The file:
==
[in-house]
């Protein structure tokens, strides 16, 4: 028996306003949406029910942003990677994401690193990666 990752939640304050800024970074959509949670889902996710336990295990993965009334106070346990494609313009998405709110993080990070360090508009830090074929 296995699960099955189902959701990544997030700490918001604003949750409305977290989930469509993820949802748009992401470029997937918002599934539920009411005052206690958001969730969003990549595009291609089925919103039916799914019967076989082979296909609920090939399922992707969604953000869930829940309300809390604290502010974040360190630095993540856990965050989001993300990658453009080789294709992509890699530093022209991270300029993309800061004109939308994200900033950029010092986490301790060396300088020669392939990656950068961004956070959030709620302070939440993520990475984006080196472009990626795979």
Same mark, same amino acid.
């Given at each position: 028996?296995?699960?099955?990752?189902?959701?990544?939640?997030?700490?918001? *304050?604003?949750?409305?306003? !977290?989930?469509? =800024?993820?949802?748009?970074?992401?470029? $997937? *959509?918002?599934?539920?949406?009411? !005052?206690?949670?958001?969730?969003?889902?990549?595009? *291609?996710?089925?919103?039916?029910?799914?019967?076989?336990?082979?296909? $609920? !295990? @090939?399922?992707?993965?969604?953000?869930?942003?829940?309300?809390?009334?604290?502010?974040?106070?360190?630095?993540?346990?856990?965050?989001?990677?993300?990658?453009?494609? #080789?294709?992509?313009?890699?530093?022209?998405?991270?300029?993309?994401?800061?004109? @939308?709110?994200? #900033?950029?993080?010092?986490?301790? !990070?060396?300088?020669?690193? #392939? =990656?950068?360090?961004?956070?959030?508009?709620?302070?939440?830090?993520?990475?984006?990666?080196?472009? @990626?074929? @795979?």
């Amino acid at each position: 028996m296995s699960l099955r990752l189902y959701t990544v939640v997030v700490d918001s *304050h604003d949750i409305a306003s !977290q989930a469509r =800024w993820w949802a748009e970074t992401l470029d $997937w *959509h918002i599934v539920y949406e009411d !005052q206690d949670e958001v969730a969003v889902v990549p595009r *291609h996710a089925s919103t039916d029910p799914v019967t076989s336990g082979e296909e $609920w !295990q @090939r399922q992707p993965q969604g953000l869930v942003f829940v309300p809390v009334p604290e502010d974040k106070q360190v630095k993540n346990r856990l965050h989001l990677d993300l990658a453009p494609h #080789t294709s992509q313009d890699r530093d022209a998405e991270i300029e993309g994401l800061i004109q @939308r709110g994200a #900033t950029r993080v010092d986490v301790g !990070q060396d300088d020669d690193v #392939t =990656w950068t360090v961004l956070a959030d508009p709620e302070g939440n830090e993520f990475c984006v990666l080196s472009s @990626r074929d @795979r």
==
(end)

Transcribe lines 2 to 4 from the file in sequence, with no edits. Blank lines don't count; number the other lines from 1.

């Protein structure tokens, strides 16, 4: 028996306003949406029910942003990677994401690193990666 990752939640304050800024970074959509949670889902996710336990295990993965009334106070346990494609313009998405709110993080990070360090508009830090074929 296995699960099955189902959701990544997030700490918001604003949750409305977290989930469509993820949802748009992401470029997937918002599934539920009411005052206690958001969730969003990549595009291609089925919103039916799914019967076989082979296909609920090939399922992707969604953000869930829940309300809390604290502010974040360190630095993540856990965050989001993300990658453009080789294709992509890699530093022209991270300029993309800061004109939308994200900033950029010092986490301790060396300088020669392939990656950068961004956070959030709620302070939440993520990475984006080196472009990626795979």
Same mark, same amino acid.
């Given at each position: 028996?296995?699960?099955?990752?189902?959701?990544?939640?997030?700490?918001? *304050?604003?949750?409305?306003? !977290?989930?469509? =800024?993820?949802?748009?970074?992401?470029? $997937? *959509?918002?599934?539920?949406?009411? !005052?206690?949670?958001?969730?969003?889902?990549?595009? *291609?996710?089925?919103?039916?029910?799914?019967?076989?336990?082979?296909? $609920? !295990? @090939?399922?992707?993965?969604?953000?869930?942003?829940?309300?809390?009334?604290?502010?974040?106070?360190?630095?993540?346990?856990?965050?989001?990677?993300?990658?453009?494609? #080789?294709?992509?313009?890699?530093?022209?998405?991270?300029?993309?994401?800061?004109? @939308?709110?994200? #900033?950029?993080?010092?986490?301790? !990070?060396?300088?020669?690193? #392939? =990656?950068?360090?961004?956070?959030?508009?709620?302070?939440?830090?993520?990475?984006?990666?080196?472009? @990626?074929? @795979?």